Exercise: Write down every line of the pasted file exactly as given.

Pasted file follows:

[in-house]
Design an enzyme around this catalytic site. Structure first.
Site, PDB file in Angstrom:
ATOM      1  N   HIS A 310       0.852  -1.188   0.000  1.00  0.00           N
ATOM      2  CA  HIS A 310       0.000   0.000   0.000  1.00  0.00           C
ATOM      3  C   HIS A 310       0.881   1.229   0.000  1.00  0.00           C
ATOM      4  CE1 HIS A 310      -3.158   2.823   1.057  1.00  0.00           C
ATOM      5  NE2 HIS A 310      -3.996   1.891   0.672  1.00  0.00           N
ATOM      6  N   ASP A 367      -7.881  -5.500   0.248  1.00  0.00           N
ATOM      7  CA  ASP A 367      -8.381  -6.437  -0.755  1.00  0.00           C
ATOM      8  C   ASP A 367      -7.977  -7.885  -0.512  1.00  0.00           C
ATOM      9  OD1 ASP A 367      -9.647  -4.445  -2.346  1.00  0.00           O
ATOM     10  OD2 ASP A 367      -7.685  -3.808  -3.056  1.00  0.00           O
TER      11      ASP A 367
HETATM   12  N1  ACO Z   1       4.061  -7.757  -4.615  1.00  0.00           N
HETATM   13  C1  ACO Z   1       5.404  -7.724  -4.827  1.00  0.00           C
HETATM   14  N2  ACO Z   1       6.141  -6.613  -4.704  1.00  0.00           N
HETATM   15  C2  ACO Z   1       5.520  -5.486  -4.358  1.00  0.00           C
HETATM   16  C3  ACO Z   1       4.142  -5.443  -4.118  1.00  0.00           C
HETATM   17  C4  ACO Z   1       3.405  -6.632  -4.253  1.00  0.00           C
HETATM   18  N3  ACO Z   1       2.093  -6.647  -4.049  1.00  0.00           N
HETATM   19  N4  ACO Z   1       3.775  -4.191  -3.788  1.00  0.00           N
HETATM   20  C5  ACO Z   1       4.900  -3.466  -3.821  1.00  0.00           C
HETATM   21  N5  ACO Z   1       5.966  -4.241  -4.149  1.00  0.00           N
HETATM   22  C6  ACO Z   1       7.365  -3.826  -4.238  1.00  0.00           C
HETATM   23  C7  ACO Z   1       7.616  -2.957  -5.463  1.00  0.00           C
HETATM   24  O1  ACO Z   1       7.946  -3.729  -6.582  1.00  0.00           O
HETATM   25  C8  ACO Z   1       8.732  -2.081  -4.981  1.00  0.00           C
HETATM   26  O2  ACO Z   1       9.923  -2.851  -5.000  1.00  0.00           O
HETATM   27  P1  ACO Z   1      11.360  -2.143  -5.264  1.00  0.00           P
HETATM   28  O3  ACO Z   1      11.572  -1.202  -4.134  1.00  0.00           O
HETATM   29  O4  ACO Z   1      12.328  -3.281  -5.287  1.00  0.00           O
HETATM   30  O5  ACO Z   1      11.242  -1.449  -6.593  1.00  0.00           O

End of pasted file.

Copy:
[in-house]
Design an enzyme around this catalytic site. Structure first.
Site, PDB file in Angstrom:
ATOM      1  N   HIS A 310       0.852  -1.188   0.000  1.00  0.00           N
ATOM      2  CA  HIS A 310       0.000   0.000   0.000  1.00  0.00           C
ATOM      3  C   HIS A 310       0.881   1.229   0.000  1.00  0.00           C
ATOM      4  CE1 HIS A 310      -3.158   2.823   1.057  1.00  0.00           C
ATOM      5  NE2 HIS A 310      -3.996   1.891   0.672  1.00  0.00           N
ATOM      6  N   ASP A 367      -7.881  -5.500   0.248  1.00  0.00           N
ATOM      7  CA  ASP A 367      -8.381  -6.437  -0.755  1.00  0.00           C
ATOM      8  C   ASP A 367      -7.977  -7.885  -0.512  1.00  0.00           C
ATOM      9  OD1 ASP A 367      -9.647  -4.445  -2.346  1.00  0.00           O
ATOM     10  OD2 ASP A 367      -7.685  -3.808  -3.056  1.00  0.00           O
TER      11      ASP A 367
HETATM   12  N1  ACO Z   1       4.061  -7.757  -4.615  1.00  0.00           N
HETATM   13  C1  ACO Z   1       5.404  -7.724  -4.827  1.00  0.00           C
HETATM   14  N2  ACO Z   1       6.141  -6.613  -4.704  1.00  0.00           N
HETATM   15  C2  ACO Z   1       5.520  -5.486  -4.358  1.00  0.00           C
HETATM   16  C3  ACO Z   1       4.142  -5.443  -4.118  1.00  0.00           C
HETATM   17  C4  ACO Z   1       3.405  -6.632  -4.253  1.00  0.00           C
HETATM   18  N3  ACO Z   1       2.093  -6.647  -4.049  1.00  0.00           N
HETATM   19  N4  ACO Z   1       3.775  -4.191  -3.788  1.00  0.00           N
HETATM   20  C5  ACO Z   1       4.900  -3.466  -3.821  1.00  0.00           C
HETATM   21  N5  ACO Z   1       5.966  -4.241  -4.149  1.00  0.00           N
HETATM   22  C6  ACO Z   1       7.365  -3.826  -4.238  1.00  0.00           C
HETATM   23  C7  ACO Z   1       7.616  -2.957  -5.463  1.00  0.00           C
HETATM   24  O1  ACO Z   1       7.946  -3.729  -6.582  1.00  0.00           O
HETATM   25  C8  ACO Z   1       8.732  -2.081  -4.981  1.00  0.00           C
HETATM   26  O2  ACO Z   1       9.923  -2.851  -5.000  1.00  0.00           O
HETATM   27  P1  ACO Z   1      11.360  -2.143  -5.264  1.00  0.00           P
HETATM   28  O3  ACO Z   1      11.572  -1.202  -4.134  1.00  0.00           O
HETATM   29  O4  ACO Z   1      12.328  -3.281  -5.287  1.00  0.00           O
HETATM   30  O5  ACO Z   1      11.242  -1.449  -6.593  1.00  0.00           O